Single sources in the low-frequency gravitational wave sky: properties and time to detection by pulsar timing arrays
We calculate the properties, occurrence rates and detection prospects of individually resolvable `single sources' in the low-frequency gravitational wave (GW) spectrum. Our simulations use the population of galaxies and massive black hole binaries from the Illustris cosmological hydrodynamic simulations, coupled to comprehensive semi-analytic models of the binary merger process. Using mock pulsar timing arrays (PTA) with, for the first time, varying red-noise models, we calculate plausible detection prospects for GW single sources and the stochastic GW background (GWB). Contrary to previous results, we find that single sources are at least as detectable as the GW background. Using mock PTA, we find that these `foreground' sources (also `deterministic'/`continuous') are likely to be detected with ∼20 yr total observing baselines. Detection prospects, and indeed the overall properties of single sources, are only moderately sensitive to binary evolution parameters - namely eccentricity and environmental coupling, which can lead to differences of ∼5 yr in times to detection. Red noise has a stronger effect, roughly doubling the time to detection of the foreground between a white-noise only model (∼10-15 yr) and severe red noise (∼20-30 yr). The effect of red noise on the GWB is even stronger, suggesting that single source detections may be more robust. We find that typical signal-to-noise ratios for the foreground peak near f = 0.1 yr-1, and are much less sensitive to the continued addition of new pulsars to PTA.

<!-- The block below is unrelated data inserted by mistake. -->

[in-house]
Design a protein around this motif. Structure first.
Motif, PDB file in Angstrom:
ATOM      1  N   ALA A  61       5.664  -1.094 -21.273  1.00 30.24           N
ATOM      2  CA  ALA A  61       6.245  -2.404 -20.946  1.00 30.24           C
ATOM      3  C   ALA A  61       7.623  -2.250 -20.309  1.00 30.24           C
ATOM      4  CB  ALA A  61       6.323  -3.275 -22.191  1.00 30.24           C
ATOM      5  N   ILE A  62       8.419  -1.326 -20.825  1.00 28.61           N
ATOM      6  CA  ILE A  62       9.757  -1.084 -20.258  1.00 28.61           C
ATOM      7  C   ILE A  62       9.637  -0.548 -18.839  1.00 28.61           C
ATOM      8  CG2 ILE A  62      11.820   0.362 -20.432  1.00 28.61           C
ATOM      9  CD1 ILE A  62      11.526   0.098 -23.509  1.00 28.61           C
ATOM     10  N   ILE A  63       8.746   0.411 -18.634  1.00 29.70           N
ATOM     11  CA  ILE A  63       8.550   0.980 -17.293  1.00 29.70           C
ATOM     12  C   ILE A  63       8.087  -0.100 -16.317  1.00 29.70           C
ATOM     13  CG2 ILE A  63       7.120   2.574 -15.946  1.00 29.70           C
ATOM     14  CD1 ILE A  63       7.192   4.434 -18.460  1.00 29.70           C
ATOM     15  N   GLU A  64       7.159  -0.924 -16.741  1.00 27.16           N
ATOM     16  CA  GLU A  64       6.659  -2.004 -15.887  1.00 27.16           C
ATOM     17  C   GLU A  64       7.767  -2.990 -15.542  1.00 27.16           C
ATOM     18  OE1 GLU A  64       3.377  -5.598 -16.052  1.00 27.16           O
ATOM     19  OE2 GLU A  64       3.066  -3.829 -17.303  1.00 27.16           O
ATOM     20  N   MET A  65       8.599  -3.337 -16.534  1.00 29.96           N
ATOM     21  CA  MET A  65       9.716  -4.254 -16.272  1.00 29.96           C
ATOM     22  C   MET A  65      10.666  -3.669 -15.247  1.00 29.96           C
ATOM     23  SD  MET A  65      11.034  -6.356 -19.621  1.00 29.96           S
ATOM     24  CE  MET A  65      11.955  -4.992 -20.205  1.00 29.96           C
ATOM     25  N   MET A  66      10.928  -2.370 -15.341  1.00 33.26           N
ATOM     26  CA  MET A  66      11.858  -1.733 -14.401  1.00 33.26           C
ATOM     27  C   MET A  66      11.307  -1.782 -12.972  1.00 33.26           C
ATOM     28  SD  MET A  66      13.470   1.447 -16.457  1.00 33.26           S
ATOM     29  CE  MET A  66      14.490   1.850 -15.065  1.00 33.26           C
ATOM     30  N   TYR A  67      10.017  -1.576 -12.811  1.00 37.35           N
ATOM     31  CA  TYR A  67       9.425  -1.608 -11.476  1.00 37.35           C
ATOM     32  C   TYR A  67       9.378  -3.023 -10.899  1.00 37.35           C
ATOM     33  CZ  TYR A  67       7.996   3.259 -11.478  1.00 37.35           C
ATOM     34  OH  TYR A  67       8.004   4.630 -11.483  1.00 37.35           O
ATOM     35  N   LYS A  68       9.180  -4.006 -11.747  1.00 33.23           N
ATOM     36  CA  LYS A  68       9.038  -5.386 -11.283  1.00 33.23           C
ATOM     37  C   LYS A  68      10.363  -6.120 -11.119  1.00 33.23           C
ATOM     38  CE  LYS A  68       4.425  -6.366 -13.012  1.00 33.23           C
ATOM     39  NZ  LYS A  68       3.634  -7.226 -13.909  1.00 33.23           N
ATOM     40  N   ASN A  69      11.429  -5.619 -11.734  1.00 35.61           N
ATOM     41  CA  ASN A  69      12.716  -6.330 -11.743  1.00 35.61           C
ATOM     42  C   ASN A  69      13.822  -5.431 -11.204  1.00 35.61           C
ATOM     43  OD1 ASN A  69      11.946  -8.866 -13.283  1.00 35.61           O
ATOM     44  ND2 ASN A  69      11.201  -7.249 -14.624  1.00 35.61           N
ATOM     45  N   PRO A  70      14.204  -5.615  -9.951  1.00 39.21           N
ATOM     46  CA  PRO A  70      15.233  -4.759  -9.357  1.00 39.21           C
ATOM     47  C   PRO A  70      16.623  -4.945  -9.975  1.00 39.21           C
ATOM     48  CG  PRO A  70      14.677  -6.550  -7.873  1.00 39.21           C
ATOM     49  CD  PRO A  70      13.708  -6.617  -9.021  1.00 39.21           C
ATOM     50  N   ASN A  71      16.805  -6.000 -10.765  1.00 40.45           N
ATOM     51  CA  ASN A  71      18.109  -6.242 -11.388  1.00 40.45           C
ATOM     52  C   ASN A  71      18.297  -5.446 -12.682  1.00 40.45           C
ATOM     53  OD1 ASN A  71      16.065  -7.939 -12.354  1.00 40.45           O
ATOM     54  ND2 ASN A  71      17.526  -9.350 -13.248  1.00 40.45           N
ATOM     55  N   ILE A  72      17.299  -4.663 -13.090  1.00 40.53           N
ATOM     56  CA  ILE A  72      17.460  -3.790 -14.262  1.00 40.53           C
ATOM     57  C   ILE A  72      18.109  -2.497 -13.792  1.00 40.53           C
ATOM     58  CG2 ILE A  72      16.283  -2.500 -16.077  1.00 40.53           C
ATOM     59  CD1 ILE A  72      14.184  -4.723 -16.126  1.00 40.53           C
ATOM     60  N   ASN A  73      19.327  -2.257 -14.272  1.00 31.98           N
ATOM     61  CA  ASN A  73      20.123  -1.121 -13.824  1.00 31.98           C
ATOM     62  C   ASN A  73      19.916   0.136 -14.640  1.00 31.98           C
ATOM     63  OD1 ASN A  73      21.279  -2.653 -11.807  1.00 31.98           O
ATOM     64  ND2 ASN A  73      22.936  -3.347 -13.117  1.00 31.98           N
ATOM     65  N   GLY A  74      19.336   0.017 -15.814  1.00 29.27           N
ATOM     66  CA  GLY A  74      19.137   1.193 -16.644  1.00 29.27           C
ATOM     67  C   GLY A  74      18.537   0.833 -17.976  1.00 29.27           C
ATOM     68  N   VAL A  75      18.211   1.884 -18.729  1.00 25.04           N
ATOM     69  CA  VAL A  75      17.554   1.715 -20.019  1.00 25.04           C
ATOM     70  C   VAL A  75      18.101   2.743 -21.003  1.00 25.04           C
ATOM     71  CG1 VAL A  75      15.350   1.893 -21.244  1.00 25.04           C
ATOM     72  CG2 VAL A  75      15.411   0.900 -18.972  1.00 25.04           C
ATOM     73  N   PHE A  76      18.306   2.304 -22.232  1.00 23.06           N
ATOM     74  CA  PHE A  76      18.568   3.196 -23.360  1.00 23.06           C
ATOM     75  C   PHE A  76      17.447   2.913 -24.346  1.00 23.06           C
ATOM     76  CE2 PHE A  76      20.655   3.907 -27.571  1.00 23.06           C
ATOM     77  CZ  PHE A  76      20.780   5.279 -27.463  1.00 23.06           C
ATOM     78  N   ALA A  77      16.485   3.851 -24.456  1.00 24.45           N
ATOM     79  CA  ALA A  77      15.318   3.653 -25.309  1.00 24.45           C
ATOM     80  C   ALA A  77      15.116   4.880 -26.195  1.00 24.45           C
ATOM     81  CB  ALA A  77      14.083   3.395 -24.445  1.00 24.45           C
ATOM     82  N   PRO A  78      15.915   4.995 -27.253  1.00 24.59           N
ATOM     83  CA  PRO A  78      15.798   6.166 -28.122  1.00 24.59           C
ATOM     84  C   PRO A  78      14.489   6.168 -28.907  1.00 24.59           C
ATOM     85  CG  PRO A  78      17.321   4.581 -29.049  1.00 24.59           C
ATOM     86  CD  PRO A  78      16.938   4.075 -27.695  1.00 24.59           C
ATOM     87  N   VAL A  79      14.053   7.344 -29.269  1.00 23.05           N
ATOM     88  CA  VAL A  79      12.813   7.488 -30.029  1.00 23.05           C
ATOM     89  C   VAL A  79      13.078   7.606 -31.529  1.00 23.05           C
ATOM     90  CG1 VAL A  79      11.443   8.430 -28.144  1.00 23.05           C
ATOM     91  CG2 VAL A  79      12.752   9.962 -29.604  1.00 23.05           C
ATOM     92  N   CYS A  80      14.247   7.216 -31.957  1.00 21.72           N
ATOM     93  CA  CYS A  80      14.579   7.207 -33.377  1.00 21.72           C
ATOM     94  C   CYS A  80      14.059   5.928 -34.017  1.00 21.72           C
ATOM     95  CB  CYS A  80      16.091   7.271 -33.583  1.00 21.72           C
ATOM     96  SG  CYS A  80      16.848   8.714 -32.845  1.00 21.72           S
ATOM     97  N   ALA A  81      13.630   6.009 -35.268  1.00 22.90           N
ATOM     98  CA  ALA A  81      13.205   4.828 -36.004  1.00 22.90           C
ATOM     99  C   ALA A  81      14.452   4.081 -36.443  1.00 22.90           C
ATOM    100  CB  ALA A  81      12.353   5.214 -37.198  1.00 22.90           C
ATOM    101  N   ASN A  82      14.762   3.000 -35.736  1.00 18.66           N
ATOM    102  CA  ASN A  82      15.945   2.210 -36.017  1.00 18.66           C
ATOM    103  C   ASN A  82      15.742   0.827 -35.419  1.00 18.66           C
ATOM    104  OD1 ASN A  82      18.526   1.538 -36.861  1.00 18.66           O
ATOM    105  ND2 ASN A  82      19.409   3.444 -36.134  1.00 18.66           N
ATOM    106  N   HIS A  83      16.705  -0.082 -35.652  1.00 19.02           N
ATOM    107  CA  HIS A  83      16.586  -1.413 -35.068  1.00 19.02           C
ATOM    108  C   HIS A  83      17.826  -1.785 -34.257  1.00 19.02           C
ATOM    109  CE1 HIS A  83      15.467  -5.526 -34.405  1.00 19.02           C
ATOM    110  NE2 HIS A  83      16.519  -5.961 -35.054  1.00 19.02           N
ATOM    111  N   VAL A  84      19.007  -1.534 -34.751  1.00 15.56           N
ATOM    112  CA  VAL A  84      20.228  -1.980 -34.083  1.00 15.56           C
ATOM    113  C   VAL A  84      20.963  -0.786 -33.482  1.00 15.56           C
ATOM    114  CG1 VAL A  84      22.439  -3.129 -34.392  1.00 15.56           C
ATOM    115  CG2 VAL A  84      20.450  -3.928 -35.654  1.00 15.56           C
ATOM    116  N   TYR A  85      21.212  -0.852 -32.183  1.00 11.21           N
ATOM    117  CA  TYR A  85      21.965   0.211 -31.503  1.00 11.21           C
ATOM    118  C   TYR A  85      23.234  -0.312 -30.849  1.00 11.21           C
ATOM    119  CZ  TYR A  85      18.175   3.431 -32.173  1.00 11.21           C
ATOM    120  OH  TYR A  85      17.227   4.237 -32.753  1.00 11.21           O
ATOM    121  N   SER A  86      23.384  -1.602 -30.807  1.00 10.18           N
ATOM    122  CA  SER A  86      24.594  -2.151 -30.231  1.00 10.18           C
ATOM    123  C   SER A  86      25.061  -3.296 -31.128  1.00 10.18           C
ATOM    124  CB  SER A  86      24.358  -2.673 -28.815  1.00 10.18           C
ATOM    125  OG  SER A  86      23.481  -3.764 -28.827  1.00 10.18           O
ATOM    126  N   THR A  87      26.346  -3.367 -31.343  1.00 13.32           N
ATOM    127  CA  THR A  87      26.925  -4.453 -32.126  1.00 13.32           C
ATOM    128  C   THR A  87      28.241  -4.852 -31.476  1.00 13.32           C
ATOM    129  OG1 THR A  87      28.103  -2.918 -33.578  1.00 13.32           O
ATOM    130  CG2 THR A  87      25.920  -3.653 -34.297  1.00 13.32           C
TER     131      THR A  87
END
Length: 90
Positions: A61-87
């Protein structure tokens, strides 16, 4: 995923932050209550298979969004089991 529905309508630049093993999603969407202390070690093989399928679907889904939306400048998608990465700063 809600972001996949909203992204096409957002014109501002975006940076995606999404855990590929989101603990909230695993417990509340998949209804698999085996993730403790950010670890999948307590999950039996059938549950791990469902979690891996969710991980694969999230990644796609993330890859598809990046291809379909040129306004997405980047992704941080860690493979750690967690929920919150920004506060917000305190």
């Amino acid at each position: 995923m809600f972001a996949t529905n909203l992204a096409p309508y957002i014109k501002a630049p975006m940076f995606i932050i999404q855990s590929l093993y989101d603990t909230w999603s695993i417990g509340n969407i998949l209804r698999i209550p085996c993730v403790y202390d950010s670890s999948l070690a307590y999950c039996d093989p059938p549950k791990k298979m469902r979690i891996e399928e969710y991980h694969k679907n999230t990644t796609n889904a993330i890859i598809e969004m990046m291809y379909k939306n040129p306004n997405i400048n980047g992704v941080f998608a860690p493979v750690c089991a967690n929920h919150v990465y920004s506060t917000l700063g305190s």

Monthly Notices of the Royal Astronomical Society
- Pub Date:
- June 2018
- galaxies: kinematics and dynamics;
- Astrophysics - High Energy Astrophysical Phenomena
- 10 pages, 11 figures, comments welcome